Well, this is where God (or Intelligent Designer for you sophisticates) comes in. Any given universe looks and behaves according to its laws of physics and the constants (special descriptive numbers) that are embedded in the laws (math equations). M-theory says that there are about 10^500 sets of unique laws of physics. That’s one followed by 500 zeros - a number bigger than even our current national unfunded liabilities. And again, why is this important?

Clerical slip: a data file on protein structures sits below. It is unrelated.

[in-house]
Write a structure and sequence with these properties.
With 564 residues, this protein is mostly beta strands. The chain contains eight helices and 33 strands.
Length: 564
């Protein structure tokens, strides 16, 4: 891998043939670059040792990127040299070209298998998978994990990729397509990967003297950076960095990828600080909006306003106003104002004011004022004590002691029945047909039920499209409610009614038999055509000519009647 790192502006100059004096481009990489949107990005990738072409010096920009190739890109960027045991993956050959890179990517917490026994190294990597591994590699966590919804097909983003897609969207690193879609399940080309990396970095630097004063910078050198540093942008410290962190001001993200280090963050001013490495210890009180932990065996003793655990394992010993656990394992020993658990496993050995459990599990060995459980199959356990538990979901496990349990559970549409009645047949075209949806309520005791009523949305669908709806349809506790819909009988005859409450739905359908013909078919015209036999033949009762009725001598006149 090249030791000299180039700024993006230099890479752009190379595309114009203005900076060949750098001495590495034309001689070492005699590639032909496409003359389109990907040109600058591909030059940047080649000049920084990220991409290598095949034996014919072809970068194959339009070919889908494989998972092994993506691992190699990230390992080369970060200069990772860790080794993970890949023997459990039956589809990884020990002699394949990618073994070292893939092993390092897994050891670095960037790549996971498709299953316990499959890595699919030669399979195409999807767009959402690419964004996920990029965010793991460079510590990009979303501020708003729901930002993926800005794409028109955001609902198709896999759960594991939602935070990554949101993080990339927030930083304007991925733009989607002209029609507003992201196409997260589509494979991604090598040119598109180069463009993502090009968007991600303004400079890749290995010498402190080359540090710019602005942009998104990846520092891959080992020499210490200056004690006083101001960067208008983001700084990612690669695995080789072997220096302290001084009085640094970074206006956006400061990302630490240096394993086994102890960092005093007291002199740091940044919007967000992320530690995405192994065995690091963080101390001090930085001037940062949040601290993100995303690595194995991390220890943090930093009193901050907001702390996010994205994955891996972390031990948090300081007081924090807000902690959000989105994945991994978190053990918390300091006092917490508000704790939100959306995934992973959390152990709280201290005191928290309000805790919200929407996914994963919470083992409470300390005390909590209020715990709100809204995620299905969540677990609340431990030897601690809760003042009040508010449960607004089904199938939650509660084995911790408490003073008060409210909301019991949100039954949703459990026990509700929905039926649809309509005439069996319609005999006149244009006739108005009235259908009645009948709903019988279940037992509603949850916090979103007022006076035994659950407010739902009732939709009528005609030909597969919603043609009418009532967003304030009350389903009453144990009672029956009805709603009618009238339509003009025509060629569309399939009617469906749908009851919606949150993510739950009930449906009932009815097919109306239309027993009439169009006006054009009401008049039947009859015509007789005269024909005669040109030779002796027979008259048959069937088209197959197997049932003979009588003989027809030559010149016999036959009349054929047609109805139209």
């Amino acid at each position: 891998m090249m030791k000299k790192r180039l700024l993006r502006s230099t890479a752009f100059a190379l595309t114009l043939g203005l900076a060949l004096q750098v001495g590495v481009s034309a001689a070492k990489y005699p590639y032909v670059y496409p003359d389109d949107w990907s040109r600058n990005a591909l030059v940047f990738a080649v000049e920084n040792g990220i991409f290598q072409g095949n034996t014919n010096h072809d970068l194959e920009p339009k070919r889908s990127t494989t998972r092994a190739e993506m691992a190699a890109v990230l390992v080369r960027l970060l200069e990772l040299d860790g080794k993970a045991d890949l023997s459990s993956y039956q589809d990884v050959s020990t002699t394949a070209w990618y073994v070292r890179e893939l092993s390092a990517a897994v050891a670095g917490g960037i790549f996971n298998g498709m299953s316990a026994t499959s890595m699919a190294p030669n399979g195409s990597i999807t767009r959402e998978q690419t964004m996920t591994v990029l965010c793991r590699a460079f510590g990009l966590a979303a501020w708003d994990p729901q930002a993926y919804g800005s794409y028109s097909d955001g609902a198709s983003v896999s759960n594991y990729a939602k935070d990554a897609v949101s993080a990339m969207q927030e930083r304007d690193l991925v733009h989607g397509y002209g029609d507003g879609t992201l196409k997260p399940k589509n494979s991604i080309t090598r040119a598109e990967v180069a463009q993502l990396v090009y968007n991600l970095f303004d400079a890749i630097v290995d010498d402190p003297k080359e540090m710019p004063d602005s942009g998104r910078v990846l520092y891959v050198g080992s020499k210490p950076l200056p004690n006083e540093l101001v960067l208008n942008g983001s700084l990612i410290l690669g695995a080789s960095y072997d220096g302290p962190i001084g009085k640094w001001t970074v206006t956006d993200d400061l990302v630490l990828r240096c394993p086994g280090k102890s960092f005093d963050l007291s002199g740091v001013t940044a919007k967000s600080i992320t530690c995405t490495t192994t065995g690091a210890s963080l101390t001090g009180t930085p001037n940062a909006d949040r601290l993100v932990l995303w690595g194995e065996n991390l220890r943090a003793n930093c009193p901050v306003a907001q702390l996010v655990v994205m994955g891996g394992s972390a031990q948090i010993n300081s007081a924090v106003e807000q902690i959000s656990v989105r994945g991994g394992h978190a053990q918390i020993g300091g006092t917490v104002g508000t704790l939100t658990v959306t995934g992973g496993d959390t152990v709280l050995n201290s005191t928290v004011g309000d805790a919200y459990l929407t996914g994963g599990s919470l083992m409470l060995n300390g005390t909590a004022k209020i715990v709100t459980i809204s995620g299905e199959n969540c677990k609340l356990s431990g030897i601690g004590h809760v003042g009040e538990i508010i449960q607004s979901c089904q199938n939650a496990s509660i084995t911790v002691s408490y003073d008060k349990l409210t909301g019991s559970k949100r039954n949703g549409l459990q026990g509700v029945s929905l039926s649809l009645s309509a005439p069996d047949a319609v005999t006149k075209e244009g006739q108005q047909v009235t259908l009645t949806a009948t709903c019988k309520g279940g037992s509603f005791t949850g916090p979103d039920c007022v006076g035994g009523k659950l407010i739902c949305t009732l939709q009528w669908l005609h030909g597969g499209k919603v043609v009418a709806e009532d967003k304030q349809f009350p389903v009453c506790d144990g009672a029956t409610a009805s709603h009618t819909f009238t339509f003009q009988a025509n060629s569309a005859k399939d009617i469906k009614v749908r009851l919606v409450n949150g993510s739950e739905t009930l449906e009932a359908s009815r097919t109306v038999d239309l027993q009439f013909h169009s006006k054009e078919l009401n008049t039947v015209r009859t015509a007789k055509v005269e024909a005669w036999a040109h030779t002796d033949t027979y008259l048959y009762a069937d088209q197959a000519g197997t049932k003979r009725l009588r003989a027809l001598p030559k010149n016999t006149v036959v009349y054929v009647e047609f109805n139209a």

It turns out that our universe is of an incredible design in that the combination of laws and physical constants is just so that if you nudged even any one of the equations or constants just a skosh, this universe and life as we know it would not exist. Any small change would yield a markedly different universe where the overwhelming odds are that no life could have come into being, let alone life that got smart enough to start asking questions like ‘why do I exist?’ The burning question since at least the 1950s has been, ‘the probability that such an extremely unique universe could have happened by chance is almost nil, and every aspect of our life on earth reveals very special provisions and a special history that worked together to bring us all to the here and now, everything we see speaks of a purposive design, who is the designer and why was such a design implemented?’